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Oh Sabina, what are you?.. fine, fouree or fake.


Curtisimo

Oh Sabina, what are you?.. fine, fouree or fake.  

14 members have voted

  1. 1. Do you think this coin is fine, fouree or fake?

    • The coin is fine
    • The coin is a fouree
    • The coin is fake


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I bought this odd little coin a year or so ago at auction where I put in a lowball bid at the starting price. It was among a number of coins I won and I’ve only recently gotten around to photographing and studying it.

Sabina_Den.jpeg.215cf4f4d860e9db3a8575a646ec5bd7.jpeg

ROMAN EMPIRE
Sabina, wife of Hadrian 
AR Denarius, Rome mint, struck ca. AD 133-135
(17.40 mm., 3.41 g)
Obv.: SABINA AVGVSTA Diademed and draped bust r., wearing stephane. 
Rev.: IVNONI REGINAE Juno standing l., holding patera and sceptre. 
Ref.: RIC Hadrian 2550. C 43.

There is something off about this coin.  In the below write up I’ll take you through my own study process as I started looking into what I now believe is a “problem” coin.

 

It’s Fine: Genuine Worn Ancient Coin

I bid on this coin as a “snack” because I like these coins of Sabina that look more like Hadrian in a wig. The tone is also really pleasant to my eyes.

The first thing to note is that the style is pretty much exactly correct. I was not able to identify a die match in my search (genuine or fake) but you can see from some of the below examples offered at auction that this coin is absolutely of the correct style. It’s also not a high dollar coin so there were no immediate red flags.

IMG_5338.png.5a9a4cf8398b54f2b7aec540b58a7d08.png

Examples of Genuine Coins: Top image courtesy of Tailer & Fau. Center image courtesy of Leu Numismatics. Bottom image courtesy of Agora Auctions.

The weight at 3.4 g is around average from what I have seen of these.

The odd thing that came to my attention first was the raised bead present behind Sabina’s ear. At first I assumed this was a centering mark. Die engravers would sometimes start with one or more points on the die to use in centering their composition. The intention was that the engraving of the central figure would obscure these points from the final product. However, sometimes these points were engraved too deep or were placed in such a way that they were still visible on the coins struck with those dies. I’ve seen this in particular on late Republican denarii and sometimes on the denarii of Septimius Severus.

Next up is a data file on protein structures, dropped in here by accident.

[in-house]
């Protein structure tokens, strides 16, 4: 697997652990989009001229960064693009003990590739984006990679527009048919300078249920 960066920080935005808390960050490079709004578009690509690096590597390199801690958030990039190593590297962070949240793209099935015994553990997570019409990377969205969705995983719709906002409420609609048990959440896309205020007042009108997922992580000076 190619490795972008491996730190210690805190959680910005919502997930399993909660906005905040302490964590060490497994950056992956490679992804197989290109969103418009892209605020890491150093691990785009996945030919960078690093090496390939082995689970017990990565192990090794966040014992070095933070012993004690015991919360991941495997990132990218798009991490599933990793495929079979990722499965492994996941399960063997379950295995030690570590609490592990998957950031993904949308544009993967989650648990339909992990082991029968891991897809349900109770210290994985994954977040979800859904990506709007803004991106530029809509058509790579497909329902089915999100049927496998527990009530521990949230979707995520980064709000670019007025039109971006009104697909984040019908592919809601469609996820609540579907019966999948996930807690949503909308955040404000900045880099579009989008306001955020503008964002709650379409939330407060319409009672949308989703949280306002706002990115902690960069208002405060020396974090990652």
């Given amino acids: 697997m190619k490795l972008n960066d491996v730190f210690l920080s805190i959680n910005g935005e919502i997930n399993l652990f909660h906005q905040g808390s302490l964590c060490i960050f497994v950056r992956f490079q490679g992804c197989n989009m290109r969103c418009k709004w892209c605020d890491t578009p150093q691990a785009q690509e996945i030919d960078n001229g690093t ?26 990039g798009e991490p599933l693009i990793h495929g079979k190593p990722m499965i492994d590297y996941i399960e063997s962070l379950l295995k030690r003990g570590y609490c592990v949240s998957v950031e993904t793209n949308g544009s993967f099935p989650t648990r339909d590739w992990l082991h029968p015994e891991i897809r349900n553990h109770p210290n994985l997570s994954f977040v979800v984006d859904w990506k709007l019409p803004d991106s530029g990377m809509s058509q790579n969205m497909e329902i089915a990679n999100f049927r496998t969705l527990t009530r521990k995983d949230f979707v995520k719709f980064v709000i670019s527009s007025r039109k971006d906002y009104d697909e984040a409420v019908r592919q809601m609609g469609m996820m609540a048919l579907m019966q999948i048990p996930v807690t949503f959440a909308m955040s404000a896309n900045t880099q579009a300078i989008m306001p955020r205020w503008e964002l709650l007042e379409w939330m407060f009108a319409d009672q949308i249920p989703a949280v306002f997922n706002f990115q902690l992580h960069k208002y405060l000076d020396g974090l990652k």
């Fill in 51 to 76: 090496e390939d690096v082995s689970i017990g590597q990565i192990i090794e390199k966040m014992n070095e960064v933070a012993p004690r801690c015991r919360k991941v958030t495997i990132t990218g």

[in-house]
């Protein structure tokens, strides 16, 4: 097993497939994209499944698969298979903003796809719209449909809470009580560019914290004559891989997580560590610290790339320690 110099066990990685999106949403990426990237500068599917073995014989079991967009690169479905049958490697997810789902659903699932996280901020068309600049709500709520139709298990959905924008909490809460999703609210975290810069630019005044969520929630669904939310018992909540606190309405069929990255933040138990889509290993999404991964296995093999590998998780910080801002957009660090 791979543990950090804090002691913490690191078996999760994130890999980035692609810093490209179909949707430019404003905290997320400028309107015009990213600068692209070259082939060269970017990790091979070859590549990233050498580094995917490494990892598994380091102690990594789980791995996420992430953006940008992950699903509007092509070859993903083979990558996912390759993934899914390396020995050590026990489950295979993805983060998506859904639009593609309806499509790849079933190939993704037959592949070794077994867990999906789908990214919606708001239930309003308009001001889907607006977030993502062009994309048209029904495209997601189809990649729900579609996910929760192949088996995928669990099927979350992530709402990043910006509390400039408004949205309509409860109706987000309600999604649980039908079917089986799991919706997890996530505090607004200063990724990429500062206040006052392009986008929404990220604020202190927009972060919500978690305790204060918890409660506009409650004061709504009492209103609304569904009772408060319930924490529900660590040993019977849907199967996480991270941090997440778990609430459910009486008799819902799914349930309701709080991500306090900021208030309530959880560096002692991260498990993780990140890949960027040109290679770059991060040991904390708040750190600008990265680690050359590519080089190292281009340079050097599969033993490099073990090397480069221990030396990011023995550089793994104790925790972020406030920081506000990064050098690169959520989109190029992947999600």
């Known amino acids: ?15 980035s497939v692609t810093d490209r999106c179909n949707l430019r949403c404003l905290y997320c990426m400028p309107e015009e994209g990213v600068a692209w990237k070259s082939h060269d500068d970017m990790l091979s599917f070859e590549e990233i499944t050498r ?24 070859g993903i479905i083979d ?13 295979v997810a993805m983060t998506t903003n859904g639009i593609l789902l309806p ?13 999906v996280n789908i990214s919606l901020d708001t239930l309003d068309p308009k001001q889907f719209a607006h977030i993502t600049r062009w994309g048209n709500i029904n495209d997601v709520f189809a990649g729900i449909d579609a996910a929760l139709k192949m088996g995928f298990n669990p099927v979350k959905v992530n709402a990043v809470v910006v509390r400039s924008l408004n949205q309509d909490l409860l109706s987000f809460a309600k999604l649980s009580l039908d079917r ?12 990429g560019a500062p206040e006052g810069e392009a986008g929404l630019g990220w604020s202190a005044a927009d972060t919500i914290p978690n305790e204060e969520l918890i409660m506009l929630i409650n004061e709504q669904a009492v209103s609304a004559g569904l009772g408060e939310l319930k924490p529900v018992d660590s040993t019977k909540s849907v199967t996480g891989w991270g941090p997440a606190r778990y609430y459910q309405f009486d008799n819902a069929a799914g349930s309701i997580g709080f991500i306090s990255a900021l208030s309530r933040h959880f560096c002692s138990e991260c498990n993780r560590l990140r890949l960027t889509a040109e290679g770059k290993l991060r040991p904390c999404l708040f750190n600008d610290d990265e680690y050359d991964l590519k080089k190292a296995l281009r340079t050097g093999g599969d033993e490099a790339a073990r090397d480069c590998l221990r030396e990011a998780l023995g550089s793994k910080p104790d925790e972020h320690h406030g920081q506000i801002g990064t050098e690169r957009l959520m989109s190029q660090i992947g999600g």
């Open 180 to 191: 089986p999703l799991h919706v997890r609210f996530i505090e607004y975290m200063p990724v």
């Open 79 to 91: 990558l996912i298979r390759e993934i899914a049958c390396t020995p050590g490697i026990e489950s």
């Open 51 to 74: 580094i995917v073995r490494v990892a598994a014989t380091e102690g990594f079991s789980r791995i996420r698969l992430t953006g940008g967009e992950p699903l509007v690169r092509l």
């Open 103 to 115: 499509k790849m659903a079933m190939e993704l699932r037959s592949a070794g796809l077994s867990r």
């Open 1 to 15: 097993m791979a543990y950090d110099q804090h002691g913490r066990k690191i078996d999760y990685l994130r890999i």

The thing about this coin that didn’t seem right was that with a coin this worn the centering point would have worn down first. Not only has it not, there seems to be an indented ring around the point.

IMG_5337.png.d5f7a03ad69df9fa634a7fde4ed552dc.png

Close up of raised bead

That led me to look a bit more closely at this coin…

 

It’s a Fouree: An Ancient Forgery

When I began looking closely I noticed there was something strange going on with the flan.

Sabina_Den_Edg.jpeg.c59b67ada52c43ea7e53db2cfc56766b.jpeg

Edge view of flan

As you can see from the above photo, it appears that there is an outer layer of material that is “folding in” around the core of the coin. After burial in the ground for millennia it is sometimes difficult to tell between bronze or silver that is encrusted with mineral deposits. This looks to me like it could be a bronze core which raises the possibility that this is a fouree that is still fooling people 1800 years later.

However, there is still a possibility that…

 

It’s Fake: A Wicked, Evil, No Good Fraud

One of the things I always do when I’m in doubt is to check the FORVM Fakes Database. I did not see a match for this coin but I did find this one intriguing.

https://www.forumancientcoins.com/fakes/thumbnails.php?search=Sabina+IVNONI+REGINAE&submit=search&album=search&title=on&newer_than=&caption=on&older_than=&keywords=on&type=AND

It is described as a fake, worn Sabina with a “light weight core.” Though my coin is not light weight I do have reason to believe it has a different metal core as we discussed above. Perhaps my example represents an improved fake version 2.0?

Now let’s take a look at a few specifics on the coin fabric.

IMG_5339.png.6304c5b6faf688b2ac85b667504fe2a7.png